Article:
The weather in London can be treacherous. The wind chill can be freezing and things can change quickly but if you are not prepared for the unpredictable wind changes of London. Fortunately most venues are warm once inside and there are plenty of shops if you are out and about, and need to buy a jacket. I think I am trying to say, don’t over think the preparation of a day in London. Just get out amongst it and don’t take your whole wardrobe.
It used to be akin to a goal letting people in and out of the old London. Conveniently located on the outside moat wall is a draw bridge so that boats (in years gone by) could bring criminals directly for hanging. It is affectionately called the execution door. Still with grills and water lapping at the sides of the castle, it is very easy to cast your mind back to a land and culture that sculpted our current politics and history.
From there we go for a “short” walk to St Paul’s Cathedral. On the way passing some new and old landmark buildings. The gherkin, the walkie talkie building and the older oblisk landmark called “ The Monument” which was erected following the great London Fires in 1666.
Along side St Paul’s Cathedral is a modern looking build called One New Change.
Find your way into it’s arcade and catch the lift to the top. If you are “appropriately dressed” (not looking like a tourist in sneakers) then you may enjoy a wine on their roof top bar. Otherwise they allow you to wander the roof’s side to check out the great views of St Paul’s Cathedral and London.
From there you are very central to many brilliant clothes shops. We bought a few things then headed back to the hotel for a cloth-change. Time to enjoy London night time.
Being a Friday night, beers at all the local bars, are the thing to do. People cascade onto the pavements, ale in hand and lots of chit chat. I would have loved to part-took but there was plenty more exploring to be done.
Wanting to chill and watch the sun set on a wonderful day , we headed to the Thames river and found on of the many venues where you can sit on a boat and enjoy a drink.Our vessel was called Hispanic beside Waterloo Bridge.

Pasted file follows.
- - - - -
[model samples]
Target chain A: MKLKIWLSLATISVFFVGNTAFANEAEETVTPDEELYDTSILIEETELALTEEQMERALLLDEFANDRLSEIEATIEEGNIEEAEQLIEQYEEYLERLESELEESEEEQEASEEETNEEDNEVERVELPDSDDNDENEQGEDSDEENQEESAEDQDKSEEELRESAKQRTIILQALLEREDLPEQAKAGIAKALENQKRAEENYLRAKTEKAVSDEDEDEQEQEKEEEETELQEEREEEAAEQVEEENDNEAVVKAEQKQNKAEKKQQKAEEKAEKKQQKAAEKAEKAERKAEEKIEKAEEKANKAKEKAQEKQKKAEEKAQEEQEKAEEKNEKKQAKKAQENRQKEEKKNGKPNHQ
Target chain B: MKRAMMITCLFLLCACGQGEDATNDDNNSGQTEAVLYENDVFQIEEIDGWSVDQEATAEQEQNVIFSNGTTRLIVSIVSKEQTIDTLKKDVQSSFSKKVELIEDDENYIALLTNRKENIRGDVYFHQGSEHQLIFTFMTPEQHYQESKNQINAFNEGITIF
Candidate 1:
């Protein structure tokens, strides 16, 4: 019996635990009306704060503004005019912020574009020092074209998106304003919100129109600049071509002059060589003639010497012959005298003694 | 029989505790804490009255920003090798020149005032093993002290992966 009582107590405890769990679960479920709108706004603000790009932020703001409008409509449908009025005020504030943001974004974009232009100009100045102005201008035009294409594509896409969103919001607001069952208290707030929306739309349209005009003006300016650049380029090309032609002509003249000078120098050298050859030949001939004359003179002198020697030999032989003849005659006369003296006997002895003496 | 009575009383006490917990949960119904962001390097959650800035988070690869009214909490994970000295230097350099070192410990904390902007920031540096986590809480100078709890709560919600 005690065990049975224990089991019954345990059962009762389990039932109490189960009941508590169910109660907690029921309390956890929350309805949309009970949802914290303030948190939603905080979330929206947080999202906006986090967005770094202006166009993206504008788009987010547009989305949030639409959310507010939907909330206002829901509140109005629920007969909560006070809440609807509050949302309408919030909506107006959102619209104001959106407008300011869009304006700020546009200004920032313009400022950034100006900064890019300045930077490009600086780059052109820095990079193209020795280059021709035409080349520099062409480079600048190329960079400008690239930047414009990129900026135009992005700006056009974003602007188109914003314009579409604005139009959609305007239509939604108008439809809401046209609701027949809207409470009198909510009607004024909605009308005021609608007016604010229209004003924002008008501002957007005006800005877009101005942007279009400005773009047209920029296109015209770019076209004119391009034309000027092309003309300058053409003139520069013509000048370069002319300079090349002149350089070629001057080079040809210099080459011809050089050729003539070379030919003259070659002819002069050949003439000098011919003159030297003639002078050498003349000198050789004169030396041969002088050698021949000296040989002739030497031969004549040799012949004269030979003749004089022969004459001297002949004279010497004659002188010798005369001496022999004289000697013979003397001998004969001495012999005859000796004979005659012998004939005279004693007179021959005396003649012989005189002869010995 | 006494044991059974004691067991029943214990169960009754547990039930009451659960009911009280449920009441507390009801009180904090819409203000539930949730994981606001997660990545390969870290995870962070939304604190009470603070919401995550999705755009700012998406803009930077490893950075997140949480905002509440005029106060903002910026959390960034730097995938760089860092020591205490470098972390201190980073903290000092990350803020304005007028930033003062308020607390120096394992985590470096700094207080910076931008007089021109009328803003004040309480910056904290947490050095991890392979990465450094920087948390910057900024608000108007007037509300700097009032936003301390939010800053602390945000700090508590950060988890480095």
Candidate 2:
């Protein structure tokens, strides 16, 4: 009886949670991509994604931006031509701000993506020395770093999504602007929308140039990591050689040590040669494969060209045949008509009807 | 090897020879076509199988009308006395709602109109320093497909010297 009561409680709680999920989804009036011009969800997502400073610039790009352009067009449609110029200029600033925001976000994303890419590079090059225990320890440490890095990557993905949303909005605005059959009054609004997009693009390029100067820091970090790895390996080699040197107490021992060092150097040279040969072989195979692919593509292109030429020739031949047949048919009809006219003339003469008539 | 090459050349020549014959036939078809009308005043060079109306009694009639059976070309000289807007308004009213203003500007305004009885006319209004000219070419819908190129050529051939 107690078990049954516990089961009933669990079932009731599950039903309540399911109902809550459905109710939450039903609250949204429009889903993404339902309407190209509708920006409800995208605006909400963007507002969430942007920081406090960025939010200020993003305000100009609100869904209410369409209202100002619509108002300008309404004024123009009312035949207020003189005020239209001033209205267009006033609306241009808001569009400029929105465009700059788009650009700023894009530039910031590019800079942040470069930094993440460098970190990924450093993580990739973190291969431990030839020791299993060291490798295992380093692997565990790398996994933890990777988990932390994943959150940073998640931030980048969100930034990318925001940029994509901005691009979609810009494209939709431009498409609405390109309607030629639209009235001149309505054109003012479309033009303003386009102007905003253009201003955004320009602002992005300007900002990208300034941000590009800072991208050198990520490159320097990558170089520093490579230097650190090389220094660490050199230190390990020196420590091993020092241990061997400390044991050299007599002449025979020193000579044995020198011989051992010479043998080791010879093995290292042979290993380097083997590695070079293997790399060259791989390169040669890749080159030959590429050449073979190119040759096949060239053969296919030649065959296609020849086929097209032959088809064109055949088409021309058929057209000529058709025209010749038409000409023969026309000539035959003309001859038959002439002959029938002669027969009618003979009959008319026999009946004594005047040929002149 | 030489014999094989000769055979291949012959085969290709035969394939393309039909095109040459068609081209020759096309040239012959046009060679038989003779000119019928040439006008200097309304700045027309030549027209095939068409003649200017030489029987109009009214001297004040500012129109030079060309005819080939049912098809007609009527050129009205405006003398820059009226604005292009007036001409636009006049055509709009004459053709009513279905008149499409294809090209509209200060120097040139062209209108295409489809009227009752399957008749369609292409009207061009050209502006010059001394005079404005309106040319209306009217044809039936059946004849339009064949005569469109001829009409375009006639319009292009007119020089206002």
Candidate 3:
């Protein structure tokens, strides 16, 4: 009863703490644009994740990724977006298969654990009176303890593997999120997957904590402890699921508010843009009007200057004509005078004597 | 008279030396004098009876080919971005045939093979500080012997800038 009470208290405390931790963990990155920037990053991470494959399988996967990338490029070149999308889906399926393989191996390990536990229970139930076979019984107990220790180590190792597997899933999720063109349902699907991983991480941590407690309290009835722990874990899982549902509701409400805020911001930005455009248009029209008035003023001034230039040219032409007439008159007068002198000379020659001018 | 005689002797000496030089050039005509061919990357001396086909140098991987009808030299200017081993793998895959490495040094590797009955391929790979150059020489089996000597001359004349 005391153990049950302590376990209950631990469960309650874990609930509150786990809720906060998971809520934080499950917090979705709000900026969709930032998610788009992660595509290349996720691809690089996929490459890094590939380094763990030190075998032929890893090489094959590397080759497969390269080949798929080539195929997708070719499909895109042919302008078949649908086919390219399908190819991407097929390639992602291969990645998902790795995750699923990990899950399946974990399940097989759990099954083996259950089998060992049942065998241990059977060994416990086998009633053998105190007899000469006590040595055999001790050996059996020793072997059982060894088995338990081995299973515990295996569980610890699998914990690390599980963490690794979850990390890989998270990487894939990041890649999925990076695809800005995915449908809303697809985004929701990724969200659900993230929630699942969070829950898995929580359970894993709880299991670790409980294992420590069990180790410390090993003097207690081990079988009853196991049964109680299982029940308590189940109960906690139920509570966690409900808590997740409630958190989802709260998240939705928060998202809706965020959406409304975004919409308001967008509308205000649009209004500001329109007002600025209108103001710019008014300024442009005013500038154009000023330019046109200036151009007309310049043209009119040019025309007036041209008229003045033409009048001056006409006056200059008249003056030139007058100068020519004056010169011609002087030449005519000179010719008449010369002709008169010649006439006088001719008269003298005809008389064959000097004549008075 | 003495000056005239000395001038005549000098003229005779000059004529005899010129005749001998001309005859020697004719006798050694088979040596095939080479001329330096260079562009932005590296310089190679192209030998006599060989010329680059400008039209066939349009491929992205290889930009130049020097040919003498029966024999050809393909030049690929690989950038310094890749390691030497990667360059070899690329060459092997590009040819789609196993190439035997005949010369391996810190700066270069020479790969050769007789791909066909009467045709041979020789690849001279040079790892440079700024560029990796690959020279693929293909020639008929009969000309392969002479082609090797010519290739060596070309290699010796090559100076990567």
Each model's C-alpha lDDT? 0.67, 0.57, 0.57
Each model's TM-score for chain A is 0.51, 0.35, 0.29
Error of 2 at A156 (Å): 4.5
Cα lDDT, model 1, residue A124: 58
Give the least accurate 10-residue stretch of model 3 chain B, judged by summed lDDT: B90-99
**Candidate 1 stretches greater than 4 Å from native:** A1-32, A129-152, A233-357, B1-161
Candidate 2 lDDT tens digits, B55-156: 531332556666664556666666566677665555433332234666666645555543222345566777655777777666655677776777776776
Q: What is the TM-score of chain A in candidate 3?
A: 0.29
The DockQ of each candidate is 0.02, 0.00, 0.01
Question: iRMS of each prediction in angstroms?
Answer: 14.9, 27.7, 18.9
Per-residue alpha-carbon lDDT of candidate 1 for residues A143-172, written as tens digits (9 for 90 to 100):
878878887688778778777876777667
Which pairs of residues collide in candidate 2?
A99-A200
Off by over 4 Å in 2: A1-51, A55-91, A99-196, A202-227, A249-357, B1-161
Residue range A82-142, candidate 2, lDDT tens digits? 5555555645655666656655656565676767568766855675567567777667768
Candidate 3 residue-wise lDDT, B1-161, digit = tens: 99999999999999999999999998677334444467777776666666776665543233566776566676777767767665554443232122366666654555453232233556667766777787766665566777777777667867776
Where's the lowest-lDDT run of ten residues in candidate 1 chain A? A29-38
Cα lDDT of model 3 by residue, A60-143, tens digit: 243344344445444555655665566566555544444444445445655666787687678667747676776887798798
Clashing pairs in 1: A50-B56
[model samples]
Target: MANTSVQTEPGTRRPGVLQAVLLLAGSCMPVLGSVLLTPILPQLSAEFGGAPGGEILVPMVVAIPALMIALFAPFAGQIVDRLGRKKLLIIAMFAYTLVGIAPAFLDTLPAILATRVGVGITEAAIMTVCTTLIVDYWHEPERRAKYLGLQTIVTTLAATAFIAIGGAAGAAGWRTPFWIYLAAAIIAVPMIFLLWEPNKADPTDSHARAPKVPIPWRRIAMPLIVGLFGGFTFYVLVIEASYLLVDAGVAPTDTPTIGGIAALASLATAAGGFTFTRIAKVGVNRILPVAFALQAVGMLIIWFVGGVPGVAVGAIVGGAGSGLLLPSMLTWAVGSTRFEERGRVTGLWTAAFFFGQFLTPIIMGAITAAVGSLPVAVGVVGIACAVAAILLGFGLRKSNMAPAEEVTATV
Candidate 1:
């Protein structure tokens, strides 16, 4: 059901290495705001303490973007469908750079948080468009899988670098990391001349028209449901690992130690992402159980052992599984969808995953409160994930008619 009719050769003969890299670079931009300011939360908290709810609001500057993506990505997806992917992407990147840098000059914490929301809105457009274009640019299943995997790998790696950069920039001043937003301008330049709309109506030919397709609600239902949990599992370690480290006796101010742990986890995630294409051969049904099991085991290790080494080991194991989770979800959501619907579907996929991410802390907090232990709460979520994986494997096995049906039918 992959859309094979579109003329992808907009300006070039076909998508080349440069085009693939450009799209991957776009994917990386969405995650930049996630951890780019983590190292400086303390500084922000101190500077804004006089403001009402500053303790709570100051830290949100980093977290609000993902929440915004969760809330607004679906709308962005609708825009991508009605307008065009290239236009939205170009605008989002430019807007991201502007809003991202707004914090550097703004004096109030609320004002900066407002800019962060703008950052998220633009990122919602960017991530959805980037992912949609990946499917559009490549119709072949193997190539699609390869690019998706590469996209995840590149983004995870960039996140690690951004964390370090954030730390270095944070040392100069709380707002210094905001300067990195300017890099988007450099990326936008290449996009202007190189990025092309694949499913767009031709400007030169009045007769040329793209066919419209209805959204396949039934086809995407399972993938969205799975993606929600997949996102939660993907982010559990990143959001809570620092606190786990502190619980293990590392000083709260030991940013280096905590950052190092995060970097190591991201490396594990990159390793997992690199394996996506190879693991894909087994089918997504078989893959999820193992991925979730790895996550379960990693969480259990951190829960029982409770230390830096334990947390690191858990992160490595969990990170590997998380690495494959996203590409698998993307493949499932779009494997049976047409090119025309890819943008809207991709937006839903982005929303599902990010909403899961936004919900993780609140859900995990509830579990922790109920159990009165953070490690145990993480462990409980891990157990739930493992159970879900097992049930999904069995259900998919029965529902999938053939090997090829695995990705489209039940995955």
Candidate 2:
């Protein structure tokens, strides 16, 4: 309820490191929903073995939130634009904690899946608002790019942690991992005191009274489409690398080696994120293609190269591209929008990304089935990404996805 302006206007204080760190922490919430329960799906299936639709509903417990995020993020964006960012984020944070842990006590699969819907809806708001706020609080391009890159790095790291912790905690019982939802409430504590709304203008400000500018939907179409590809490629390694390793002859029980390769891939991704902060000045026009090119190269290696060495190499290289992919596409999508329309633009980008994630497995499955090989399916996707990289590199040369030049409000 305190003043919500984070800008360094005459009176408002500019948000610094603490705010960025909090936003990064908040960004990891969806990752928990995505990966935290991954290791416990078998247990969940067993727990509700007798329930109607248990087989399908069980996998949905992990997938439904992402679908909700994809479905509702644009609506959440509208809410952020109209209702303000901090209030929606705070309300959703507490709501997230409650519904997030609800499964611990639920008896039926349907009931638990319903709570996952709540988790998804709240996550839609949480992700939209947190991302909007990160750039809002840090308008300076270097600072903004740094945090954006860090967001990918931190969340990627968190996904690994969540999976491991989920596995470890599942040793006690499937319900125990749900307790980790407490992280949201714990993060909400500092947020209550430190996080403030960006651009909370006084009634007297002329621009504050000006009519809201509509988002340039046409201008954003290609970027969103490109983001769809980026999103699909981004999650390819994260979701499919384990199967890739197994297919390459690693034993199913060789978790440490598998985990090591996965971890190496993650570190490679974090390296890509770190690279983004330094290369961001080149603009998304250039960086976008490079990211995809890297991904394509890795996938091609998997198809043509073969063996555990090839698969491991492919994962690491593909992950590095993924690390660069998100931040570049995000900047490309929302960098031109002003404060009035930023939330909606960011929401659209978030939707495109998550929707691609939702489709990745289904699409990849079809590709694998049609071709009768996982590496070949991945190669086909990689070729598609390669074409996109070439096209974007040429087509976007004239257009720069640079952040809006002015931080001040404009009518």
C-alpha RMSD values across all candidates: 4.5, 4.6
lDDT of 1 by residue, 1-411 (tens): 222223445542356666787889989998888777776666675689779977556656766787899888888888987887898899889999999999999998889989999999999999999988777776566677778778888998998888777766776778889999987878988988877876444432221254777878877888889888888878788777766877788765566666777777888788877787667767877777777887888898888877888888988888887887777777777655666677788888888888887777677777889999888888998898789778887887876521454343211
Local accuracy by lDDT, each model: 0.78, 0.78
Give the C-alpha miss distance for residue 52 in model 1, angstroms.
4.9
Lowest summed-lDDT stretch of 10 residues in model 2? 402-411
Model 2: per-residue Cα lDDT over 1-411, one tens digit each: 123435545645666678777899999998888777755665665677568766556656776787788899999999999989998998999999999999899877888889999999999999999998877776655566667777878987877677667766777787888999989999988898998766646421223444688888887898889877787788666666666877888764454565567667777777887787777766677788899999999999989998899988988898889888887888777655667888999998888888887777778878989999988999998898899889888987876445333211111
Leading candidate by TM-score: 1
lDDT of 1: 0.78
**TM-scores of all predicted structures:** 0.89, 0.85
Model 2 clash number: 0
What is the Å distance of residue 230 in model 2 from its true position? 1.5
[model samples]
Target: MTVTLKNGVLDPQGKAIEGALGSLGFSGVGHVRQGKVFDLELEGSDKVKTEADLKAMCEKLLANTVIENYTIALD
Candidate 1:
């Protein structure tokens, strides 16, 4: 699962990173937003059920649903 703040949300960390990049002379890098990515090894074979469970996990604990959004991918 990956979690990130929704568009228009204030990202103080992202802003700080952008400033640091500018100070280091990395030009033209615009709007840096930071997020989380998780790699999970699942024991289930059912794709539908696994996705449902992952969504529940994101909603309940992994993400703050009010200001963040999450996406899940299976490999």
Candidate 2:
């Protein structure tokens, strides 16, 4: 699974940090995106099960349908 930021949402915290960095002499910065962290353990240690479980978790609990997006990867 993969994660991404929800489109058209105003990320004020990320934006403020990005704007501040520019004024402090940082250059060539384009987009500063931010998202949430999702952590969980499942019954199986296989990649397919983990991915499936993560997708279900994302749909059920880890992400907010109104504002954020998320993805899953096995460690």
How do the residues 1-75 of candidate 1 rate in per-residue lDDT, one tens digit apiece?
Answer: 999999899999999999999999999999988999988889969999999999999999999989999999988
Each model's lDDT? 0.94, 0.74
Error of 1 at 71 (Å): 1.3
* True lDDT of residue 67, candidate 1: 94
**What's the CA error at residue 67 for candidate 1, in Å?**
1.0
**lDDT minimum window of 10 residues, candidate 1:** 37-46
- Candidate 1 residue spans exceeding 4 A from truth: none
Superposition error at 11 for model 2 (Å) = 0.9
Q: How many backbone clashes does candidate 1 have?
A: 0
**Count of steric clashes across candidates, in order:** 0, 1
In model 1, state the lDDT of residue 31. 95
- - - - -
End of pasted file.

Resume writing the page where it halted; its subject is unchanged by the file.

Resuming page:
On the otherside of London – also known as the Southbank – is always a buzz of activity and things to do. The time we are there is a festival celebrating the river.
One great shows we saw was a film projection, with a back ground small orchestra, showing how Waterloo Bridget was built in 1944. IT was built my women as most of the men were at war.
Brick by brick, pylon by pylon.
It was an impressive slip show with much beautfiul imagery or women working together creating a massive sculpture.
You really can simply waltz along the river’s edge and participate in much. Even people watching is cool.
Time for dinner and we go to one of my sister’s old favorites, Trioia – a Turkish restaurant a block away from the Southbank but with it’s on great energy and vibe. The food is good, the pricing good and service quick. We order a Mezza (banquet) for 2 which more than fills us up.
Quite shattered at this point we call it a day and head back to our apartment to be gret with clean sheets and puffy pillows.
Up early on the Saturday we set off to explore the Tower of London again.
With barely anyone around it was quite a different place. You could imagine how it would have been hundred’s of years. ago. The well kept draw bridge is still in use today and walking across it is easy.
The other side has a few gems to explore. WE find the converted convent from 606AD , now an active catherdral stunning. It is the oldest standing gothic building from it’s time. Shakespeare, Dickens and Harvard were all associated with the church which is conveniently tucked away beside the Borough Markets.